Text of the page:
There’s an odd article running at Foreign Policy about crazy military ideas put forth by civilians:
Here are the top 10 most ridiculous military options offered up by U.S. government officials or civilian commentators over the last few decades. Thankfully, these would-be civilian follies, based on unrealistic and often dangerous notions of what military power can achieve, were quashed before they left the drawing board.
It’s strange for a few reasons. First, it’s about proposals rather than actual actions. In other words, these were things that were thrown out and shot down. Given the range of suggestions–some crazy, some sane–that surround any policy issue, it hardly seems indicative of anything that a few of them over the past decades were pretty awful. Second, the ideas mentioned, while not particularly good, don’t really rise to the level of “follies.” Robert Gates’ 1984 suggestion that American airpower be used against the Nicaraguan military in order to support the revolution there isn’t even in the realm of being a quality thought, but it’s hardly crazier (or even close) than the actual American policy of illegally selling arms to the Iranians and then shipping the proceeds to the American-supported insurgents in Nicaragua, or, for that matter, mining Nicaraguan harbors(bonus content: angry letter from Barry Goldwater!). Third, the suggestions pale next to the insanity of some military ideas, like MacArthur’s desire to use atomic bombs against China in 1950-51, Curtis LeMay’s wishes to use nuclear weapons in just about any crisis in the 1950s that took his fancy, or, worst of all because it actually happened, the entire Bay of Pigs fiasco.* Next (and this is something of a reiteration of the first point), none of these became policy. Isn’t that a recommendation for the process? Finally, it leaves out entirely potentially the worst civilian idea of them all, which was the Bush administration’s Oedipal decision to invade Iraq in 2003.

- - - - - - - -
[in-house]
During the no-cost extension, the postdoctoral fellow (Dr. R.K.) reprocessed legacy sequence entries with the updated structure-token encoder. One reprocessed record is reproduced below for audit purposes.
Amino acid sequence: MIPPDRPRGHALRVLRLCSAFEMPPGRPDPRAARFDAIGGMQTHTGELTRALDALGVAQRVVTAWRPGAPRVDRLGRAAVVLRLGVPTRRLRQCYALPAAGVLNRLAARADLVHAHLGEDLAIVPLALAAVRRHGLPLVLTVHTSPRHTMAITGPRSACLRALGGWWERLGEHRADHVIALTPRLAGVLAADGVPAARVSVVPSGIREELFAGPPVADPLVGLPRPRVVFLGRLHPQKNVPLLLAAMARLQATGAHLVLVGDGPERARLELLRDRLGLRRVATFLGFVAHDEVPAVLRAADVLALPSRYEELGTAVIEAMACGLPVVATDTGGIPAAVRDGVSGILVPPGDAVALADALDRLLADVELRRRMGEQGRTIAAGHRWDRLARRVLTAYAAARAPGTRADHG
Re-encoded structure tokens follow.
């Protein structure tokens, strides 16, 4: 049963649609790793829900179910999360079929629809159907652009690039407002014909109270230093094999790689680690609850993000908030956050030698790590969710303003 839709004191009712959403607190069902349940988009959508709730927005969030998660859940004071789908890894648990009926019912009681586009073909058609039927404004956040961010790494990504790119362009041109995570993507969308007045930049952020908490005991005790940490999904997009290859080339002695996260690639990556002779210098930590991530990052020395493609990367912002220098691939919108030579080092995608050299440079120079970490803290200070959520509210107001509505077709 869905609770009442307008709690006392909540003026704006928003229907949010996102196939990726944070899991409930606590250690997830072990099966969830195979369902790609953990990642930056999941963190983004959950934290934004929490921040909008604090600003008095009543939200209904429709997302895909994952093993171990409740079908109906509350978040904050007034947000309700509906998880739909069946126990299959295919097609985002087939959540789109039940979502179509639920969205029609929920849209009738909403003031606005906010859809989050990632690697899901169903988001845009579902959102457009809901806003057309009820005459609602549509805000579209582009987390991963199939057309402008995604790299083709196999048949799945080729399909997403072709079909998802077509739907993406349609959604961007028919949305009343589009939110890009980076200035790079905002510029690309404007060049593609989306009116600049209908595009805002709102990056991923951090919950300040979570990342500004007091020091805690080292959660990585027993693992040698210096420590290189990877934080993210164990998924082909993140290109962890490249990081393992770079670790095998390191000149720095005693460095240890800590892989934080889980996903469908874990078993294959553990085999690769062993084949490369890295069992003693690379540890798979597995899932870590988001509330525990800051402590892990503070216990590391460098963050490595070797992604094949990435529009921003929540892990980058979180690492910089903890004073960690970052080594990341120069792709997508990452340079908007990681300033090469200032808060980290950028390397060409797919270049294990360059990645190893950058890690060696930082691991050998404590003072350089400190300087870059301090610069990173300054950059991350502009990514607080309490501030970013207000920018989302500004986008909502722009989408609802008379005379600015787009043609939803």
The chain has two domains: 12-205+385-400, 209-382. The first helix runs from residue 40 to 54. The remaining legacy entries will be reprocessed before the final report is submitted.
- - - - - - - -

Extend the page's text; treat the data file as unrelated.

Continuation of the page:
*I’m counting Eisenhower as military for this post, given his background.